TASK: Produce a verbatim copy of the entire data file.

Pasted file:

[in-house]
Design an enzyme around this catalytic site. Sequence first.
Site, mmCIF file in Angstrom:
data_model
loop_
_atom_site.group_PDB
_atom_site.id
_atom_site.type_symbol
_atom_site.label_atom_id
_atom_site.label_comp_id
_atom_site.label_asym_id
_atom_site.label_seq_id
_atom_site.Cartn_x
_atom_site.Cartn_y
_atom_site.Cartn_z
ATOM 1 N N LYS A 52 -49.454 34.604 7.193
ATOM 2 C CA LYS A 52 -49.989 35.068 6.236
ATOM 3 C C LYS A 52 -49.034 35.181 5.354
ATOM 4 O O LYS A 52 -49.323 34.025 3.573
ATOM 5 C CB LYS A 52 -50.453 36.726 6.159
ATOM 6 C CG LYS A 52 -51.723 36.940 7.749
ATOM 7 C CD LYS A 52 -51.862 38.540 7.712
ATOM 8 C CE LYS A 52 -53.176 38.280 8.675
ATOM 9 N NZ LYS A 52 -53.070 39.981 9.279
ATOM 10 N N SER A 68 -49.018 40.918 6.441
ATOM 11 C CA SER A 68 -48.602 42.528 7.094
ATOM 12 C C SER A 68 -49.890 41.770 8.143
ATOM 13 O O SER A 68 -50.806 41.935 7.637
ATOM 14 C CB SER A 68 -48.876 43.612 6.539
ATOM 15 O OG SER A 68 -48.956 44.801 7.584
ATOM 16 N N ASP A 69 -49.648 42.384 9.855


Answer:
[in-house]
Design an enzyme around this catalytic site. Sequence first.
Site, mmCIF file in Angstrom:
data_model
loop_
_atom_site.group_PDB
_atom_site.id
_atom_site.type_symbol
_atom_site.label_atom_id
_atom_site.label_comp_id
_atom_site.label_asym_id
_atom_site.label_seq_id
_atom_site.Cartn_x
_atom_site.Cartn_y
_atom_site.Cartn_z
ATOM 1 N N LYS A 52 -49.454 34.604 7.193
ATOM 2 C CA LYS A 52 -49.989 35.068 6.236
ATOM 3 C C LYS A 52 -49.034 35.181 5.354
ATOM 4 O O LYS A 52 -49.323 34.025 3.573
ATOM 5 C CB LYS A 52 -50.453 36.726 6.159
ATOM 6 C CG LYS A 52 -51.723 36.940 7.749
ATOM 7 C CD LYS A 52 -51.862 38.540 7.712
ATOM 8 C CE LYS A 52 -53.176 38.280 8.675
ATOM 9 N NZ LYS A 52 -53.070 39.981 9.279
ATOM 10 N N SER A 68 -49.018 40.918 6.441
ATOM 11 C CA SER A 68 -48.602 42.528 7.094
ATOM 12 C C SER A 68 -49.890 41.770 8.143
ATOM 13 O O SER A 68 -50.806 41.935 7.637
ATOM 14 C CB SER A 68 -48.876 43.612 6.539
ATOM 15 O OG SER A 68 -48.956 44.801 7.584
ATOM 16 N N ASP A 69 -49.648 42.384 9.855